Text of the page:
We observed that attaining higher level of education significantly influence the uptake of ≥3 doses of SP. This is consistent with findings from earlier studies [9, 17, 19, 20, 21]. The explanation has been that women with secondary and tertiary levels of education are able to read books and newspapers, as well as listening to radio and watching TV to understand the effects of malaria in pregnancy [19, 20]. These women better understand the effects of malaria on themselves and their future newborns [17]. They also appreciate the benefits of IPTp-SP and the adverse effects of placental malaria regarding low birth weight and other birth outcomes [21]. Thus, such women are motivated to take the recommended doses of SP to avoid the adverse effects of malaria in pregnancy.

Early initiation and high utilization of ANC services are known to predict the uptake of IPTp-SP [22]. We observed in this study that women who initiated ANC in the first trimesters had higher odds of receiving ≥3 doses of SP compared to those who initiated ANC in the second and third trimesters. Also, women who made more than five ANC visits were 5.6 times more likely, than those who made five or less visits, to complete at least three doses of SP. These findings could be explained by the fact that early initiation of ANC might result in one’s ability to make the recommended minimum of four visits and thus able to receive more doses of SP as suggested by other studies [23, 24].

The present study supports a previous study [11] suggesting that women with sufficient knowledge about SP prior to its administration tend to take in more doses of the medication. Knowledge of the use of SP, including when it is supposed to be taken, interval between each dose and any possible side effects could improve women’s decision-making on the uptake of the medication during pregnancy [11].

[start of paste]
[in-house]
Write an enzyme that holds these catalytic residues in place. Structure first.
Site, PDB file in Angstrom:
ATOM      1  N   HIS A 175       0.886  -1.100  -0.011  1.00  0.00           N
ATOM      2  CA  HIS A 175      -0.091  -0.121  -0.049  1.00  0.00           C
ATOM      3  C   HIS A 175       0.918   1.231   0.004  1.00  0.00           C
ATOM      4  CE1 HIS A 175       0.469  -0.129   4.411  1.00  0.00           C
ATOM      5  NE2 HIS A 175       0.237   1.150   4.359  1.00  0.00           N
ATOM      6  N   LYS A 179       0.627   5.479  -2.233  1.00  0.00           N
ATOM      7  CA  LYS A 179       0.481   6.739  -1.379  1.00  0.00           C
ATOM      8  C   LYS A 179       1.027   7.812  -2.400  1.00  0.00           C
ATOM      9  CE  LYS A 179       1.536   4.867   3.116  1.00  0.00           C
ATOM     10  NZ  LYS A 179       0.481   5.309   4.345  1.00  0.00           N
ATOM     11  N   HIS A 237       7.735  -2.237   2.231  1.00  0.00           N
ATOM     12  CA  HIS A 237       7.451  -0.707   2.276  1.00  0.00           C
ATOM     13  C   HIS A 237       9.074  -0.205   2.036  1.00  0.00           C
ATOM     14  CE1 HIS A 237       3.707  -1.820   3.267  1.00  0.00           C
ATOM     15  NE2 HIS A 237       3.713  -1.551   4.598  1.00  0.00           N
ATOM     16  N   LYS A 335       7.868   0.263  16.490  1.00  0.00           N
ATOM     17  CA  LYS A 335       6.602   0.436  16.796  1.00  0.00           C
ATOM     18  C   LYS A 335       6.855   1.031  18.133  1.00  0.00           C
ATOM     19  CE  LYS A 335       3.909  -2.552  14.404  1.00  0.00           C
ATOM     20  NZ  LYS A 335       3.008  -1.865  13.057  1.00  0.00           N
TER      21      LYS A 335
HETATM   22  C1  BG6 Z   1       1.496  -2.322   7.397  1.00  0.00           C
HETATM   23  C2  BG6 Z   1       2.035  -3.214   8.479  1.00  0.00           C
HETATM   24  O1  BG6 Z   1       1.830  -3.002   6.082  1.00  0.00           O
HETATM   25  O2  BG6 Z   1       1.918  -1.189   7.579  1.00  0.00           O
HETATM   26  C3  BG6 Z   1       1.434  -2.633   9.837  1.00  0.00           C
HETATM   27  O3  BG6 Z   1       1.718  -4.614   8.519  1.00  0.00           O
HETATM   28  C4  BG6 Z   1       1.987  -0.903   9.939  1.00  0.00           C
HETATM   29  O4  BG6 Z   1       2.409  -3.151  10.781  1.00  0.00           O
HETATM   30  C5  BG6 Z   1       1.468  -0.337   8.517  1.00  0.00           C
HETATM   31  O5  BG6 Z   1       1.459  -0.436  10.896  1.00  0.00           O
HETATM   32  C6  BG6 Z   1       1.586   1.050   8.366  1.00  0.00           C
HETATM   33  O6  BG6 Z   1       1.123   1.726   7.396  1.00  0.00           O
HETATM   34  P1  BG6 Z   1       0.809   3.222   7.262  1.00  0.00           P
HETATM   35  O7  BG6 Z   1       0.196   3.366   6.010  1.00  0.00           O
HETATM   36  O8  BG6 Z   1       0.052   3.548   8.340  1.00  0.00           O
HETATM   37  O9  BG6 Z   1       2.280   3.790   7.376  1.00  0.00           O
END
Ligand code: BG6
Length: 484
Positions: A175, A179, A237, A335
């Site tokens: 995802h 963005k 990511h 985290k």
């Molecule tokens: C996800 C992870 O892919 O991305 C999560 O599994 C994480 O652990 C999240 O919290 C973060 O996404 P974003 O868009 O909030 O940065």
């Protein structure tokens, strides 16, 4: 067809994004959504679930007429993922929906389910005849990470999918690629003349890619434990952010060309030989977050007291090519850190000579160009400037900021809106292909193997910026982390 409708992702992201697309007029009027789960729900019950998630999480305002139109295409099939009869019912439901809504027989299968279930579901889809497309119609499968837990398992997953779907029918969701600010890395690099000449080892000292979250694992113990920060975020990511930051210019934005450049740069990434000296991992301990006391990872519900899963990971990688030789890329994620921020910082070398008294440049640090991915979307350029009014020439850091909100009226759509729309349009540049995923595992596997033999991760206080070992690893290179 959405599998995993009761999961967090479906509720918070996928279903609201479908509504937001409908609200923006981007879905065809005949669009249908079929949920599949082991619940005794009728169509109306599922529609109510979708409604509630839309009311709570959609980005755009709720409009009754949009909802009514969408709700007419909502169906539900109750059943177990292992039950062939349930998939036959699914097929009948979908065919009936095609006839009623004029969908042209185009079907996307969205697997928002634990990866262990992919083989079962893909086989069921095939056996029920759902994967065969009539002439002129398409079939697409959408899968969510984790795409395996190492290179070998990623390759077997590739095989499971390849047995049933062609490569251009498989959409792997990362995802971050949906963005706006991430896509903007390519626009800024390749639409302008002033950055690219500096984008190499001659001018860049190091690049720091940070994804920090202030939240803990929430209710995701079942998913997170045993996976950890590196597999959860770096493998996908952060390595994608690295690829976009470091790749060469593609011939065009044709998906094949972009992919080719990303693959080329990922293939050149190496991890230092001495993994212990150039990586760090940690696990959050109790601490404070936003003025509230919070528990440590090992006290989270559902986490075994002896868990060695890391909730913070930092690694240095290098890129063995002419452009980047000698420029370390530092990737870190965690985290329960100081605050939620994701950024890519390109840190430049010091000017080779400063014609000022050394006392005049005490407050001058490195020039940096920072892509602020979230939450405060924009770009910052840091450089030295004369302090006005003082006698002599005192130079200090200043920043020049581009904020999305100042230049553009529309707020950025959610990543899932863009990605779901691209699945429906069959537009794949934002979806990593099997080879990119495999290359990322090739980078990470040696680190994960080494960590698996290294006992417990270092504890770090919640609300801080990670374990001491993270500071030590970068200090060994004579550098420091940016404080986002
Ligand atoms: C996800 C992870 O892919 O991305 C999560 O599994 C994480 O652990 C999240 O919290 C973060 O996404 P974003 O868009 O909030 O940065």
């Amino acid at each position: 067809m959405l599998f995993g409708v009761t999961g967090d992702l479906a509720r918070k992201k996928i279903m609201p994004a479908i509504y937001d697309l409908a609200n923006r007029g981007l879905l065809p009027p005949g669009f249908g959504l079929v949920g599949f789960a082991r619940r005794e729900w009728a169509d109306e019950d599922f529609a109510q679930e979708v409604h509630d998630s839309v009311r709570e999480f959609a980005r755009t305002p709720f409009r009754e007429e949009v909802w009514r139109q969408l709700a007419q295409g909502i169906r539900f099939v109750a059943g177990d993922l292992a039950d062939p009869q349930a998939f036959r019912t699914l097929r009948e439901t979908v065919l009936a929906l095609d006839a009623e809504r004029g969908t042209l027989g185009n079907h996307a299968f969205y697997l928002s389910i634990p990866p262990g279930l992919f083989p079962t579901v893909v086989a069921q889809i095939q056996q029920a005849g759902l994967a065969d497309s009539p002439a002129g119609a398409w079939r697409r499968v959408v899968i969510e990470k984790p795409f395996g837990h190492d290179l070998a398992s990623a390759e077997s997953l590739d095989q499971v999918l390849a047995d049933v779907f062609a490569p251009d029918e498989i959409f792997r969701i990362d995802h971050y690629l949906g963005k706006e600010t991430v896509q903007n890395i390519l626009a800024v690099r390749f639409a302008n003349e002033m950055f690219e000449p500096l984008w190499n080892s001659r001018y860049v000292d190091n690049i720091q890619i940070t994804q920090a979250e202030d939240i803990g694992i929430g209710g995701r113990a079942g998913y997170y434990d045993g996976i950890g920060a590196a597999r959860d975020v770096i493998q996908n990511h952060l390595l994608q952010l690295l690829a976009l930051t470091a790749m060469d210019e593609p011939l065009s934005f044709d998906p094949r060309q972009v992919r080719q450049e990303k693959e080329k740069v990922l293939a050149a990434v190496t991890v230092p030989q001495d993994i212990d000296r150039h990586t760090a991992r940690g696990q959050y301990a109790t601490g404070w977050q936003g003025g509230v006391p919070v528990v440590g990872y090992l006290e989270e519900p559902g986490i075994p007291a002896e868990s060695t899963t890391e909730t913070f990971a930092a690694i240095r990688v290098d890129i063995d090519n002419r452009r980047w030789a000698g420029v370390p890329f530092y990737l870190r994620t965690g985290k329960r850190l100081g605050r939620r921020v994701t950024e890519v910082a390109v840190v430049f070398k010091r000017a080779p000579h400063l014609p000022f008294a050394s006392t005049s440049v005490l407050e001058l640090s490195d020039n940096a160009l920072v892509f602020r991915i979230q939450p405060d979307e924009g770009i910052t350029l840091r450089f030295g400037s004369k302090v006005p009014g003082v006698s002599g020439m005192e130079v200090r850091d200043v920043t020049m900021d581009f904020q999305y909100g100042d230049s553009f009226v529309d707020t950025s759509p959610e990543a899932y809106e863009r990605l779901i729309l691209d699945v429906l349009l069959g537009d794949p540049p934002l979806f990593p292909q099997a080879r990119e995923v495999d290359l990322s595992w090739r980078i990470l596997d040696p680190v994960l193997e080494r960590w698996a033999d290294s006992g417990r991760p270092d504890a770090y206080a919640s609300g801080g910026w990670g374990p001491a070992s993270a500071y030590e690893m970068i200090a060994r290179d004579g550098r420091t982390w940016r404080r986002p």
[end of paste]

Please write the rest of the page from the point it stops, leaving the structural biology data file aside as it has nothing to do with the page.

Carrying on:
There are some limitations to the findings of this study. The limited sample size and the restriction of the study to only one district within the Ashanti Region of Ghana limit the generalizability of the findings to the entire country. Another limitation concerns the recruitment of some of the women (57%) into the study at a time they had not delivered. Some could have taken in more doses of SP by delivery and, thus, increased the level of uptake. These limitations notwithstanding, the data triangulation (survey and review of medical records) and the rigorous analytical approach employed ensured the findings were not compromised.


This study has provided valuable information to inform policy decisions on planning and implementing programs to improve the uptake of IPTp-SP in the Atwima Kwanwoma District, the Ashanti Region and the country as a whole. The study has highlighted the importance of early registration and high utilization of ANC services to the uptake of IPTp-SP among pregnant women. The study has also shown the usefulness of educating pregnant women on SP prior to the administration of the medication. We recommend that women in their fertility age should be encouraged to seek early ANC services when pregnant and have regular visits to increase their uptake of SP for better pregnancy outcomes. Also, education on IPTp should be intensified at all levels of the health system to help pregnant women have adequate knowledge of SP prior to the administration of the medication. In the long-term, formal education of the girl child should be encouraged to improve the educational levels of women in the District so they could read well and appreciate the full benefits of IPTp-SP.

Data Accessibility Statement

All relevant data are within the paper.